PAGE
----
Honor Roll

Filberto H. Cuesta Jr.

Officer Filberto H. Cuesta Jr., a member of the Los Angeles Police Department Gang Unit, was eulogized Friday, Aug. 14, as a hero.

Thousands of officers from the Los Angeles Police Department and law enforcement agencies from throughout California gathered at the Calvary Chapel in Diamond Bar to mourn one of their “brothers.”

Cuesta, 26, died Sunday, Aug. 9, when he was shot in the head by bullets fired through the rear window of his patrol car. He and his partner, Officer Richard Gabaldon, were outside a party where gang members had shown up. They were waiting for backup units to arrive when the shooting occurred.

Catarino Gonzalez Jr., 20, surrendered to authorities Aug. 11 after learning he was wanted for the shooting. He is known for gang activity and has been arrested numerous times since 1994, mainly for drug-related offenses. Although court records didn’t reveal that Gonzalez is a gang member, his tattoos and his statements indicated that he is a member of the 18th Street gang a police spokesman reported.

More than 4,000 people attended the funeral honoring Cuesta. Hundreds of police cars, fire trucks and other law enforcement vehicles took part in a funeral caravan on the Pomona Freeway that stretched for miles. Rose Hills Memorial Park in Whittier was the site for Cuesta’s burial.

Mayor Richard Riordan, one of dozens of elected officials at the service, referring to Cuesta “You dedicated your life to the protection and safety of others. You protected the weak from peril, and you took time to shepherd young people who had lost their way. You served the LAPD with honor and dignity. You were a hero among heroes. Today, you are in a much better place.”

Cuesta is the youngest of the 15 LAPD officers who have died in the line of duty since 1990. He was shot just three days after returning from paternity leave.

During the funeral friends and relatives held his two daughters. Sierra Rose, four weeks old, sat quietly in an infant carrier, while her sister, Samantha, 18 months old, drank milk from a bottle. Clad in a white dress, Samantha waved at the large, color portrait of her father in his police uniform that stood over his coffin.

Cuesta’s wife, Sylvia, was assisted by two LAPD officers as she entered the chapel for the service. As she looked up at the large audience made up mostly of police officers, she seemed overwhelmed and said, “It’s beautiful. Thank you Father.”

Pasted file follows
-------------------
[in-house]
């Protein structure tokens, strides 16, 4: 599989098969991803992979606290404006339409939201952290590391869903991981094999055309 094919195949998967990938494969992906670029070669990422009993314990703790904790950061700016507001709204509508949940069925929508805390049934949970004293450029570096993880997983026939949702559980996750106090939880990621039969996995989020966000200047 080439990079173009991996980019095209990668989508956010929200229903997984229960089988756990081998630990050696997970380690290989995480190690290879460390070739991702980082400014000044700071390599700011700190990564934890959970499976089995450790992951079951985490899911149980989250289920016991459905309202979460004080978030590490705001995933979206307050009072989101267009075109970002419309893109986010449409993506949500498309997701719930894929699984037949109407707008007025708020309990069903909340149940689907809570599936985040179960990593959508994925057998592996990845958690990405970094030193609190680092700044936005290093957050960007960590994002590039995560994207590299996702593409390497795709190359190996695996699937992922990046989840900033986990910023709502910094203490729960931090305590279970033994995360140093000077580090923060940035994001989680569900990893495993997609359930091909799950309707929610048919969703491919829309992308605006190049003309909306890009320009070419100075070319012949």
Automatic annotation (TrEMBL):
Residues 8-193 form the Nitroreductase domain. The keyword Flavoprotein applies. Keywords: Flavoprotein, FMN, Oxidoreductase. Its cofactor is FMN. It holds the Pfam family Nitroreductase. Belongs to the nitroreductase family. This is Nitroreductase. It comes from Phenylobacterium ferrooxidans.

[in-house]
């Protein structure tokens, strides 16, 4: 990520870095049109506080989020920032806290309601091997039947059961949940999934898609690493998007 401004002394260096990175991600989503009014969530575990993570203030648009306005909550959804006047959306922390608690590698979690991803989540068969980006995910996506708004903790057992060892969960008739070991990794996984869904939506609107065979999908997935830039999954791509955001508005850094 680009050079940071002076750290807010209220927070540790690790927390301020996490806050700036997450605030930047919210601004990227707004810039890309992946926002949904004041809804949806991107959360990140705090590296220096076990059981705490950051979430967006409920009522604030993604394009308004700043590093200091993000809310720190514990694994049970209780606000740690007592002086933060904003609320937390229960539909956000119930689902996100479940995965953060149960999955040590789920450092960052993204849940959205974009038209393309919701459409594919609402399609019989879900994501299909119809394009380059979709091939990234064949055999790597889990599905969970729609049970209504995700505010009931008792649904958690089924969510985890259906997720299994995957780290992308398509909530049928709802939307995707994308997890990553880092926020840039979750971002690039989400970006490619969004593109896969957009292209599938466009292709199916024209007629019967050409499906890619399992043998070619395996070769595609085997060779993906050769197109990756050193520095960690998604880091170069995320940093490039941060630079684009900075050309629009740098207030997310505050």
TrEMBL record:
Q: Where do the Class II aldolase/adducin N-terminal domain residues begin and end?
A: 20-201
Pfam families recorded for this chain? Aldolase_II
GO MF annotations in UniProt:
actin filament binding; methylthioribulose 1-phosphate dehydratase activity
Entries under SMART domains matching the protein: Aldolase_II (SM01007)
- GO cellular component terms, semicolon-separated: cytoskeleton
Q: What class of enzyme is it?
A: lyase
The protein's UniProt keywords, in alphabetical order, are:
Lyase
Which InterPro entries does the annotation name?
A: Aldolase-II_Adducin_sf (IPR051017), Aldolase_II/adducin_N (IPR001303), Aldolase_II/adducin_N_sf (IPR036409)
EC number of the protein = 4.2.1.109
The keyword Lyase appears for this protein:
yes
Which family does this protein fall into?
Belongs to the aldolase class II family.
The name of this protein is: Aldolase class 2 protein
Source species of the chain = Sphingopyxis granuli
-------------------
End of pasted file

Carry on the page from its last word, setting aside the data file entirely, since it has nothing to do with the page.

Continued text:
Cuesta’s coworkers from the LAPD’s Southwest Division remembered their colleague during the eulogy. “Thanks for all the times you said, ‘Let’s cruise the area one more time before we end our watch,'” one officer said. All vowed to Cuesta’s wife that they would keep their promise to Cuesta and look out for his children.

Ofc. Timothy Kalkus stated “He was our brother, and we have sworn to protect his family.” He told Sylvia Cuesta to expect “birthday gifts and offers of help from 20 men” in the years to come.

Kalkus told the audience that Cuesta worked hard on the job but “he didn’t have to work hard at home because his love for his family came easy.”

Cuesta’s supervisor at Southwest, Sgt. Alexander Moreno, remembered the night he was shot. “From the moment that he fell, he was never alone. There were brother and sister officers on the ground, there were officers in the air, there were officers faraway, on the radio,” all looking after him.

Ofc. Gary Copeland, his voice cracking, said “There wasn’t a day that passed that Fil didn’t mention his wife and two little daughters. He loved his family and he loved his work.”

Sylvia Cuesta said, regarding the man who had shot her husband, that he “was out there, you know, to shoot an officer, not to shoot Fil. It wasn’t a personal thing.” She fought back tears as she struggled to speak.

“I just hope he realizes what he has done,” she said. “You know, he left two young girls without their father. And as much as I am strong, I can’t say the same for my girls, knowing they’re not going to have their dad there anymore.”

President Clinton, who was in the Los Angeles area, called Cuesta’s wife to extend his condolences. LAPD issued a statement that said “the president spoke of violence in America and how dangerous it is to be a police officer.”

Cuesta, who is the son of Filberto, Sr. and Rosalia Cuesta, was born in La Mirada, California. He received his primary education at St. Paul of the Cross and graduated from St. Paul’s High School in 1989.

He joined LAPD on March 21, 1994. During his tour of duty with the department, he completed his probation at 77th, then went on to Central Traffic Division. Later, he was assigned to Southwest’s Community Resources Against Street Hoodlums (CRASH) anti-gang program.

Cuesta was a devoted member of Las Buenas Nuevas Church in Norwalk where he served the youth by warning them against gangs. He loved all sports, but he had a great passion for baseball and Nintendo.

A memorial fund for Cuesta’s family has been set up. To contribute, send donations to: Sylvia Cuesta, c/o of the law firm of Gibson, Dunn and Crutcher, 333 S. Grand Ave., Suite 4600, Los Angeles, CA 90071.